Stirling Castle skeletons date from independence wars
Skeletons uncovered at Stirling Castle reveal the individuals were likely to have died during sieges of the castle during the Scottish wars of independence, experts believe.
Nine skeletons were found at the castle in 1997, inspiring a number of studies and theories about their origins.
Dr Jo Buckberry, a Bradford University battle trauma expert, believes they date from 1296 to 1357.
A talk is to be held at the castle to discuss her findings.
The nine skeletons, which have been broadly radiocarbon dated to the period of the conflict, consist of seven males, one female and a baby.
They were found by a team of archaeologists in the oldest part of the castle still standing, the royal chapel, dedicated to St Michael by King Alexander I in the early years of the 12th Century.
The skeletons had mostly suffered from blunt trauma injuries, with some showing evidence of malnutrition, consistent with periods when the castle was under siege.
One male skeleton has more than 100 fractures, while the female skeleton has skull injuries consistent with being struck by a weapon such as a poleaxe or mace.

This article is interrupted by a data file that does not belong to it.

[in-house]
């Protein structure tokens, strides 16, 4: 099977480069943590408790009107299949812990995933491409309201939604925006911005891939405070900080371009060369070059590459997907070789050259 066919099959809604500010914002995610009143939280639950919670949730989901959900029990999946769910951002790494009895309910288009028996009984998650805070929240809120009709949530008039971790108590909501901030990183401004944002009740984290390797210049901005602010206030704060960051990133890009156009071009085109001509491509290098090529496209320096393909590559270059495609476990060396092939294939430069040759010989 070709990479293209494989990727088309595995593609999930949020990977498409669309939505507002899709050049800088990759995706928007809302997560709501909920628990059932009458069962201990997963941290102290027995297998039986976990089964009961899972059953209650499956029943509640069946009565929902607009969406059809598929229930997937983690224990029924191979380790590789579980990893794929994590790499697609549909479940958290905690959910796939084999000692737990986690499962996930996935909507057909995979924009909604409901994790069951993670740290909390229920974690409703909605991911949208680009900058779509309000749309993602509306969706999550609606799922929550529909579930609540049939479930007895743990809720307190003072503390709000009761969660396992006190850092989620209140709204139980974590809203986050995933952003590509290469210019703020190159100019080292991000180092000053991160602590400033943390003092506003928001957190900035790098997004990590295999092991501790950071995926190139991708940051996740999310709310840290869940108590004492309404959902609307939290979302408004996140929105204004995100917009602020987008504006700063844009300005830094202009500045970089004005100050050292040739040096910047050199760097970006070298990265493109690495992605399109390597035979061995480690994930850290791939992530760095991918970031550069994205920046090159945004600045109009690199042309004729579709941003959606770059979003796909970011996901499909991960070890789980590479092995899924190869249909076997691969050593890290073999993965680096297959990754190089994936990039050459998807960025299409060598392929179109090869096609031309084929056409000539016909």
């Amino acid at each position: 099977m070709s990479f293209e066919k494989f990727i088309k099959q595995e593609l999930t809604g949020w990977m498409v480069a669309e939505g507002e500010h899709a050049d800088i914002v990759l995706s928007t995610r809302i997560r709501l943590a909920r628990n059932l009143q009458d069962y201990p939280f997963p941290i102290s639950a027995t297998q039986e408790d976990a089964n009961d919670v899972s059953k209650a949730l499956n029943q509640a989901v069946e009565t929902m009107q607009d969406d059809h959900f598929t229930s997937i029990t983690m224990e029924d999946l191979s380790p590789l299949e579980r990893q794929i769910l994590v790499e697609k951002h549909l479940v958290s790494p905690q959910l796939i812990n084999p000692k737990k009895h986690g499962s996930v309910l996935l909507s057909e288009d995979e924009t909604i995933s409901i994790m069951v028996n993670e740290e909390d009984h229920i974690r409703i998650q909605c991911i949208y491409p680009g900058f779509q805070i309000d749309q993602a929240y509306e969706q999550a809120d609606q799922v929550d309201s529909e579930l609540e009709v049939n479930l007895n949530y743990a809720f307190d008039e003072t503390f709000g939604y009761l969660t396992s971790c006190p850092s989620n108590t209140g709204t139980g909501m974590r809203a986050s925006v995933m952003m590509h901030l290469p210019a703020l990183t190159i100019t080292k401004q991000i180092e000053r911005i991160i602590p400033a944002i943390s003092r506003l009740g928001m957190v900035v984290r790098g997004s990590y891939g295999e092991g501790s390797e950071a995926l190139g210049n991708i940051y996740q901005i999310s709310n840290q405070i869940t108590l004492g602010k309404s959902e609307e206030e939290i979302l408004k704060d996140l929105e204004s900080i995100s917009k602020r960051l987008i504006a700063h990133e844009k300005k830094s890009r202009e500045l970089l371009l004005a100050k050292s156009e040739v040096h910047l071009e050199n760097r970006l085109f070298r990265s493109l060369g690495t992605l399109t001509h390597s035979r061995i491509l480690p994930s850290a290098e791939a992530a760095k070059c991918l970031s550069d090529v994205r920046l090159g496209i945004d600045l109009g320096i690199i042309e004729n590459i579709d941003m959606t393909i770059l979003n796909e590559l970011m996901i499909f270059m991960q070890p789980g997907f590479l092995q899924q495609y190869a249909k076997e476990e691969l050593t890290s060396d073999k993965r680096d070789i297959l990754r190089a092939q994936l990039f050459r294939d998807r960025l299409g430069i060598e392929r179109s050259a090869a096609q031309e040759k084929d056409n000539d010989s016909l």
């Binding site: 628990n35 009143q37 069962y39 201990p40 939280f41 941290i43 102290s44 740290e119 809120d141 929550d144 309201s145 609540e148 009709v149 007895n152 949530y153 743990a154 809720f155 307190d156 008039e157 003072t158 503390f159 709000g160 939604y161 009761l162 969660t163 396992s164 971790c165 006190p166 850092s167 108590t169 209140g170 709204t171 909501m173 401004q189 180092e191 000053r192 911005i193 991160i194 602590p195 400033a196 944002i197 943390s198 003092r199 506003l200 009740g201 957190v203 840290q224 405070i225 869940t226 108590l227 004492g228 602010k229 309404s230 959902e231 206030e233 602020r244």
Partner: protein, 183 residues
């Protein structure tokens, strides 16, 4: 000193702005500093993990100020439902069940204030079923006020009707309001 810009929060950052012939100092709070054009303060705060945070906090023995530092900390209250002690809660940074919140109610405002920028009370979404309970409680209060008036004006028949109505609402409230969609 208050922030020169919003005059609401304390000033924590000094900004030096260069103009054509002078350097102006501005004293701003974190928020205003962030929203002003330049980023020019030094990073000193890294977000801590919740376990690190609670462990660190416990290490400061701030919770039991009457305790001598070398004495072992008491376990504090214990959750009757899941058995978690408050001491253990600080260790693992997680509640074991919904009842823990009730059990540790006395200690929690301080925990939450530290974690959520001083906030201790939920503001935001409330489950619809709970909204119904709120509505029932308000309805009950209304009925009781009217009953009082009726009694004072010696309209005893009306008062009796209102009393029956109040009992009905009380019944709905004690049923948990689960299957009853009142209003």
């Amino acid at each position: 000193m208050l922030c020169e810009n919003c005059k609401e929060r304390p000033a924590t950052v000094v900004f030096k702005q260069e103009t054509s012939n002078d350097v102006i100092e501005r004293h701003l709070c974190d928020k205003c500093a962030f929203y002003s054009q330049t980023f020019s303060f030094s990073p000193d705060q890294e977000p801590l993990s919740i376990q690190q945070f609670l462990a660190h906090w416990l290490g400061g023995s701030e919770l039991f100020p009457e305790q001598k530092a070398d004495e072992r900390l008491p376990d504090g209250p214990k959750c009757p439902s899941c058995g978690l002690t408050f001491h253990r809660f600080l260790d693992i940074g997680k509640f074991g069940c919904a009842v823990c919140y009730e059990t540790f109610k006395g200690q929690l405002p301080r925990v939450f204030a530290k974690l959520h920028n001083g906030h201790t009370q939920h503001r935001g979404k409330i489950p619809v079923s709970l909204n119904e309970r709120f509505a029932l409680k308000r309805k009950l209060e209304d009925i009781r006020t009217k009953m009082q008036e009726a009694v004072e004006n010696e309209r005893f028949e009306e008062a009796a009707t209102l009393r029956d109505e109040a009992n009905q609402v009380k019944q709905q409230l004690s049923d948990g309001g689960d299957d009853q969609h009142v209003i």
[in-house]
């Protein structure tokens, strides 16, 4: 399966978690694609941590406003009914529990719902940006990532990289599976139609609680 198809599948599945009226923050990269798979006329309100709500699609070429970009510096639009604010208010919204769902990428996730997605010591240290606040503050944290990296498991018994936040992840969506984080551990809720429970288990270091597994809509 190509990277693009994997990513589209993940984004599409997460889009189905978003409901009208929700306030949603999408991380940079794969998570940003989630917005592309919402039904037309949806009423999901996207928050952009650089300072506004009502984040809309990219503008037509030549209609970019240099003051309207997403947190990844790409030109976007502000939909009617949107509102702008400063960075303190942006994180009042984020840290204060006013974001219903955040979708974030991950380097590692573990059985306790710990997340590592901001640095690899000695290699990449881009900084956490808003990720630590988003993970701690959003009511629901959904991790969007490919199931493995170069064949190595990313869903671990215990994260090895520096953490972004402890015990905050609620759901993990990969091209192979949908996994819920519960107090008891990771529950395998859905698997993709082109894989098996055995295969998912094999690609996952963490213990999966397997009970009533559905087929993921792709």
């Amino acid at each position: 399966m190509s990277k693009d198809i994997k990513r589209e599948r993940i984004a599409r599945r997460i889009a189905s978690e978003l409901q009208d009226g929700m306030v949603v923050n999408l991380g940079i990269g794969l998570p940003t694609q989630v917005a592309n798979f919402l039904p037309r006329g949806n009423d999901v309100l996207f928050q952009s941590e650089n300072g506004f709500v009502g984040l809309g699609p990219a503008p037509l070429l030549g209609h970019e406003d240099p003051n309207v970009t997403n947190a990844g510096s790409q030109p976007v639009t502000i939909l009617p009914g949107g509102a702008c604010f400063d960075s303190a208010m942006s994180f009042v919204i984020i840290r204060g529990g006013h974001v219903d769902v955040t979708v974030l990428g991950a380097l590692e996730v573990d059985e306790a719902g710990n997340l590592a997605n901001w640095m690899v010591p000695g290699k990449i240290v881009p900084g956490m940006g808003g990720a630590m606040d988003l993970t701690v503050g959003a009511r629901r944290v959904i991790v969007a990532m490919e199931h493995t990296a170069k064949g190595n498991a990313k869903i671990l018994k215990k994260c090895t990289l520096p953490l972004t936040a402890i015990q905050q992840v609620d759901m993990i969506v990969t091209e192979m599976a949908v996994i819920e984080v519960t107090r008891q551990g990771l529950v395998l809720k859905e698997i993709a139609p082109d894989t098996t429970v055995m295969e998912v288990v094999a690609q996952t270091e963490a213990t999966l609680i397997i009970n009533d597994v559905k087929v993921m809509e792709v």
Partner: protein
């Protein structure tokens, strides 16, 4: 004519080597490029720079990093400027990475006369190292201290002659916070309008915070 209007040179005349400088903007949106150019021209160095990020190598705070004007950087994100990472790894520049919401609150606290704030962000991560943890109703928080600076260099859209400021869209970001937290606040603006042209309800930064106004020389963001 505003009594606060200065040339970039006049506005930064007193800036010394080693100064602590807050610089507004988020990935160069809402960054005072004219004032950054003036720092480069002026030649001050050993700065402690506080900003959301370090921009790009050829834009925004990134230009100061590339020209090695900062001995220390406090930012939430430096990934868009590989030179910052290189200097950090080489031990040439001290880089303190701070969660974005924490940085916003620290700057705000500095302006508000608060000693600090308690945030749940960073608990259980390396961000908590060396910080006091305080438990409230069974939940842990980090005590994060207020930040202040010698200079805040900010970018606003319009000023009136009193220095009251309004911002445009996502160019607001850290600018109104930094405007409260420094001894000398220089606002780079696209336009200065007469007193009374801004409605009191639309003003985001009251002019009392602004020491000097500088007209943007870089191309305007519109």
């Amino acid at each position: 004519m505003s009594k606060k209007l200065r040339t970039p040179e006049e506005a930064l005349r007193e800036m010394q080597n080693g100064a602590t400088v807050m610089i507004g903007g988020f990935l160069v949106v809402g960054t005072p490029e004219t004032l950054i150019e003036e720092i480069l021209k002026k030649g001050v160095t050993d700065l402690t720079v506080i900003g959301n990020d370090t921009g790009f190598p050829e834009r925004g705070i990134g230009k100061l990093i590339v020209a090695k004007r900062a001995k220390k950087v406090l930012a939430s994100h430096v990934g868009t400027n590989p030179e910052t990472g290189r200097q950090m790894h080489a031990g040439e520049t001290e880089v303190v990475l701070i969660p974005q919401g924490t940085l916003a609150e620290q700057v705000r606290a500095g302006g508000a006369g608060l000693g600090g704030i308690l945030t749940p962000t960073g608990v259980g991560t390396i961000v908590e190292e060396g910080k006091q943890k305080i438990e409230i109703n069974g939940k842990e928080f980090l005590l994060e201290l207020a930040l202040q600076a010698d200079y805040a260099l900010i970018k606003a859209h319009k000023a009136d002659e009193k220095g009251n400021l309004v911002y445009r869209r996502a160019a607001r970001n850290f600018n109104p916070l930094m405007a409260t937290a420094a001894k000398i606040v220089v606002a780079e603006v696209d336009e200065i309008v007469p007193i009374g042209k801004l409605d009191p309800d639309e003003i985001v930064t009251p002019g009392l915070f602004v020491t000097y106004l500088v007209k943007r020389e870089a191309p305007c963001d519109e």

Dr Buckberry said: "The patterns of injury seen in the Stirling Castle skeletons is completely different to what we usually see in the medieval period, when most battles were fought hand-to-hand using swords and other weapons.
"They stand out as different to other skeletal populations associated with medieval battles."
Stirling Castle was besieged repeatedly during the wars of independence, changing hands a number of times between the Scottish and the English.
From the remains, scientists can not tell which side they fought for, although there is evidence they were of high status, given their rich diet and the fact they were buried inside the castle walls.
Dr Buckberry will be on hand at the castle on 24 and 25 May to discuss her findings as part of the Road to Bannockburn event, which includes recreations of military camps, weaponry demonstrations and a sword school.
Lorna Ewing, Historic Scotland's head of visitor experience, content and learning, said the research gave a "fascinating glimpse into castle life".
She said: "The discovery of the nine skeletons at Stirling Castle continues to teach us more about how people lived and died in the castle in the 13th and 14th Centuries.
"Dr Buckberry's ongoing research helps to bring history to life, offering fascinating details about everything from diet to injury and cause of death."